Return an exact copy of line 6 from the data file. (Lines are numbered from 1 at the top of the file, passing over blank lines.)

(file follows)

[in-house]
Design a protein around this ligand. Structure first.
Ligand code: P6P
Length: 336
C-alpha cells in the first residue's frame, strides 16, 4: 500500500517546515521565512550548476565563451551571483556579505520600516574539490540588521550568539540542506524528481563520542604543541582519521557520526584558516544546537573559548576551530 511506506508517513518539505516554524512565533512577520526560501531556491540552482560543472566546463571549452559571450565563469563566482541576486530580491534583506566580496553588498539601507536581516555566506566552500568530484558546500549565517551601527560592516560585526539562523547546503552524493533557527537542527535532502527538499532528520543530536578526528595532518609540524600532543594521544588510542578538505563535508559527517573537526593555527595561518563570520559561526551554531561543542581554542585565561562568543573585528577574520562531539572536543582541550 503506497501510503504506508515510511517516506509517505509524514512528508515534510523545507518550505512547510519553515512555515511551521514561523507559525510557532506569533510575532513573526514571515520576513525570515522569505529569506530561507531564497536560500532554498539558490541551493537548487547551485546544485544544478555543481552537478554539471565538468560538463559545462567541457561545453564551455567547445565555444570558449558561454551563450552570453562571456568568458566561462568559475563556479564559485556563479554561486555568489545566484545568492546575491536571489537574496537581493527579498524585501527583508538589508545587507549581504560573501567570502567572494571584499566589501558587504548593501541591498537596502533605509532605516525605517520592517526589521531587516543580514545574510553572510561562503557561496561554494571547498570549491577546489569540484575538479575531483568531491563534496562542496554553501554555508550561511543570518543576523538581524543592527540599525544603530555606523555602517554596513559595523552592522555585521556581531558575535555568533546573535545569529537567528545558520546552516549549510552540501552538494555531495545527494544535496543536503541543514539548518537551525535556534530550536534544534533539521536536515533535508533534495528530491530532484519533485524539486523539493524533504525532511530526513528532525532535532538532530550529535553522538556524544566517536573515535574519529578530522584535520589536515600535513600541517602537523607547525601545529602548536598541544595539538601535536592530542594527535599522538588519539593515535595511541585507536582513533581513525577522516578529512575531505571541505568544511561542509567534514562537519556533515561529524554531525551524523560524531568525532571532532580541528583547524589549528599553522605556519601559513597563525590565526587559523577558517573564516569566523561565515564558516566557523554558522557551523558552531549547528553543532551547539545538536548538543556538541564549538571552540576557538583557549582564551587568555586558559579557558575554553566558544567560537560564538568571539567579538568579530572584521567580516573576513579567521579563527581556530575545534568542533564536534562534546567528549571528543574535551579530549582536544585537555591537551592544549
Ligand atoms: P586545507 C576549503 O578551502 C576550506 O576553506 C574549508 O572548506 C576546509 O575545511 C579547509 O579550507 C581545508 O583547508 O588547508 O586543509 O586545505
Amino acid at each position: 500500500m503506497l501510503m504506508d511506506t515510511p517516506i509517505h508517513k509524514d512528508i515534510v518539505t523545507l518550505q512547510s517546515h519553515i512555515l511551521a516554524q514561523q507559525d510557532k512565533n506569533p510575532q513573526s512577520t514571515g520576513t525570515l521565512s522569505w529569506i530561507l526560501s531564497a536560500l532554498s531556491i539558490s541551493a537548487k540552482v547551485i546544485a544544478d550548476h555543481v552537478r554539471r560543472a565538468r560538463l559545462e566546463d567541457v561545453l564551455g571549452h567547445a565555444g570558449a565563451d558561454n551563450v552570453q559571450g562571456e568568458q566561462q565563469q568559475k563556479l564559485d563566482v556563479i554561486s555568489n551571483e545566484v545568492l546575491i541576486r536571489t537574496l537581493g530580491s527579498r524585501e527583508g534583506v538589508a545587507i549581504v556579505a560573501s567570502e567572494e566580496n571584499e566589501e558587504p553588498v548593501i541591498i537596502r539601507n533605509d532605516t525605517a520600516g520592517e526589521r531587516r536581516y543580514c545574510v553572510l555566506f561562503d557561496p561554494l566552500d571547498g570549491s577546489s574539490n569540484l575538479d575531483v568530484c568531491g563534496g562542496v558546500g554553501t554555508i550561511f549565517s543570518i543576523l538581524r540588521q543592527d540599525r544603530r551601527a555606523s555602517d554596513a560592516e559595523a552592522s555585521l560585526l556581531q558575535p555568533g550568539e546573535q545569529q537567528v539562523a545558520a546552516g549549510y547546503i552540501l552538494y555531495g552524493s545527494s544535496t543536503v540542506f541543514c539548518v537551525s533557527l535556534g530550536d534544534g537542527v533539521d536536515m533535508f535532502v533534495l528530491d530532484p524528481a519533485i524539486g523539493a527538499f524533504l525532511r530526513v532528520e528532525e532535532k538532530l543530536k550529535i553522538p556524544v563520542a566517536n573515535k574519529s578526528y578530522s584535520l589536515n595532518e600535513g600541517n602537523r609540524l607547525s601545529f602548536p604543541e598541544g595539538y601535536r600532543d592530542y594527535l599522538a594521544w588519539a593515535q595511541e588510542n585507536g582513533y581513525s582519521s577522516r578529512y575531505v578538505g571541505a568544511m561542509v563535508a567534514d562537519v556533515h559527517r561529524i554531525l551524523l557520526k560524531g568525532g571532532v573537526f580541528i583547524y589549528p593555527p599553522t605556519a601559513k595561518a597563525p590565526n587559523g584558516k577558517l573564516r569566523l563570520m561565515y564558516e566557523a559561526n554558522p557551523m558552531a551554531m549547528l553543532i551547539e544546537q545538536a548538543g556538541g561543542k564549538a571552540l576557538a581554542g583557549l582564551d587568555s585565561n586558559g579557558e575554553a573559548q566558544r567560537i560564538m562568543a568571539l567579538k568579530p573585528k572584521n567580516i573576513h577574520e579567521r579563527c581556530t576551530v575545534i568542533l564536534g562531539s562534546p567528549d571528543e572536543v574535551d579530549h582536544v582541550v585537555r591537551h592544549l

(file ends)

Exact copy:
Ligand atoms: P586545507 C576549503 O578551502 C576550506 O576553506 C574549508 O572548506 C576546509 O575545511 C579547509 O579550507 C581545508 O583547508 O588547508 O586543509 O586545505